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Although Theodorakis’ theme is so well-known, it’s worth noting that his work throughout the film is excellent, snapping into lockstep with Cacoyannis’s images, investing hints of disquiet and abnormality as well as local flavour and comedy (Theodorakis became a significant voice of opposition to the military regime that took control of Greece in the late 1960s). An early scene, as Basil and Zorba travel on the ferry to Crete, becomes a kind of dance sequence as the passengers are tossed to and fro about as the ferry ploughs through heavy seas, reeling motions and editing choreographed with comic effect and Theodorakis scoring it like a madcap hoedown. Theodorakis’ scoring is also of course utterly vital to the film’s end. Zorba’s zipline proves to work a bit too well when they finally get around to testing in a moment of great ceremony and spectacle for the village, and the logs come flying down so fast they keep breaking, or ripping away and crashing, before shaking the whole array to pieces. Basil, aware he’s got no choice now but to go back to England, nonetheless asks Zorba to teach him to dance, and finally obtains the same talent Zorba has, laughing at disaster and determined to actually live life. Cacoyannis’ iconic final shot zooms back on the sight of the two men dancing on the beach, Theodorakis’ theme plucking away merrily on the soundtrack, two dancing idiots delivered from a sad world.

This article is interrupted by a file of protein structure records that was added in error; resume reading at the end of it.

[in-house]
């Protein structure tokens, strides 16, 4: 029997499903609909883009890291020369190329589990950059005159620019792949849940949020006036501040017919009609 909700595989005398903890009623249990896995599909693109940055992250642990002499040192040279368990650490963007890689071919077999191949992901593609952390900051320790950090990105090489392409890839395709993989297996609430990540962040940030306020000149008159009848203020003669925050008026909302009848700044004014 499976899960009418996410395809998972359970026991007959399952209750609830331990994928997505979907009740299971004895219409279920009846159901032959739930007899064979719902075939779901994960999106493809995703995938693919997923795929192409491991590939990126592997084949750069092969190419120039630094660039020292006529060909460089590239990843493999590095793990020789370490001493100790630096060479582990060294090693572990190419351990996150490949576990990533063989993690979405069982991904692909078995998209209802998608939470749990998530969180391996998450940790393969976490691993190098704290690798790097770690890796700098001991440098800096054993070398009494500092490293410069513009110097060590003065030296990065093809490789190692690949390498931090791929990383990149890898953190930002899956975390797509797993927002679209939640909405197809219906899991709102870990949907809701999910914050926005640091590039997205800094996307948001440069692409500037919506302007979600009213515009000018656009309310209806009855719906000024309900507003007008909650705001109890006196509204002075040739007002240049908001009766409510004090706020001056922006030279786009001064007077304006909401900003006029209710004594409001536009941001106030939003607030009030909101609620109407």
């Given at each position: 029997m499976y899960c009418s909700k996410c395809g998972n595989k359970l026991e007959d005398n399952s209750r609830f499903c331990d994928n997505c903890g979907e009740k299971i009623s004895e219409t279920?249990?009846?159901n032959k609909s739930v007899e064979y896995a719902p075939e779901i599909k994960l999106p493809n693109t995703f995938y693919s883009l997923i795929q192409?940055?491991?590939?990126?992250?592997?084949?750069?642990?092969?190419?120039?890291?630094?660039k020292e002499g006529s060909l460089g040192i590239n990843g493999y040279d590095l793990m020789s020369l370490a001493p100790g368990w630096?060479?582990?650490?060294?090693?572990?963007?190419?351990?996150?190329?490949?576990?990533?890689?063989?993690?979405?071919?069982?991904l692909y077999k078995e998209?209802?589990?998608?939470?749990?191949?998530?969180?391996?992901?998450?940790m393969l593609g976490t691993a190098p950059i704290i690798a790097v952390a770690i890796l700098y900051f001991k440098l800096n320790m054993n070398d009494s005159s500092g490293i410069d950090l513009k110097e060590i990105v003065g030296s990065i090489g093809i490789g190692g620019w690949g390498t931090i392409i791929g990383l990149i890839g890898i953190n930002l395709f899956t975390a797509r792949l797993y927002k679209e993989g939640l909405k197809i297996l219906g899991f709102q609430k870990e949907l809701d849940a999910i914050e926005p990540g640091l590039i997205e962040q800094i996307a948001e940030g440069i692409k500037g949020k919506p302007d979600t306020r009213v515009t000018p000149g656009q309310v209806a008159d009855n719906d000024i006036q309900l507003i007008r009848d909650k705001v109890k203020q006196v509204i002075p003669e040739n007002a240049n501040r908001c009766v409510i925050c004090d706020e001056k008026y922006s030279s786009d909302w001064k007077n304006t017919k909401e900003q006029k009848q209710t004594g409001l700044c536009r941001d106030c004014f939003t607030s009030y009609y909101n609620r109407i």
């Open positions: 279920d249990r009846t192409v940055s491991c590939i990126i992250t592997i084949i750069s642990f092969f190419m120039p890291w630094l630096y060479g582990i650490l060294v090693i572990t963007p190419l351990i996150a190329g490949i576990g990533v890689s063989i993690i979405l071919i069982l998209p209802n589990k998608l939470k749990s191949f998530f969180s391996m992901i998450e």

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1980s, Auteurs, Drama, Religious

The Last Temptation of Christ (1988)

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Martin Scorsese: A Retrospective in Words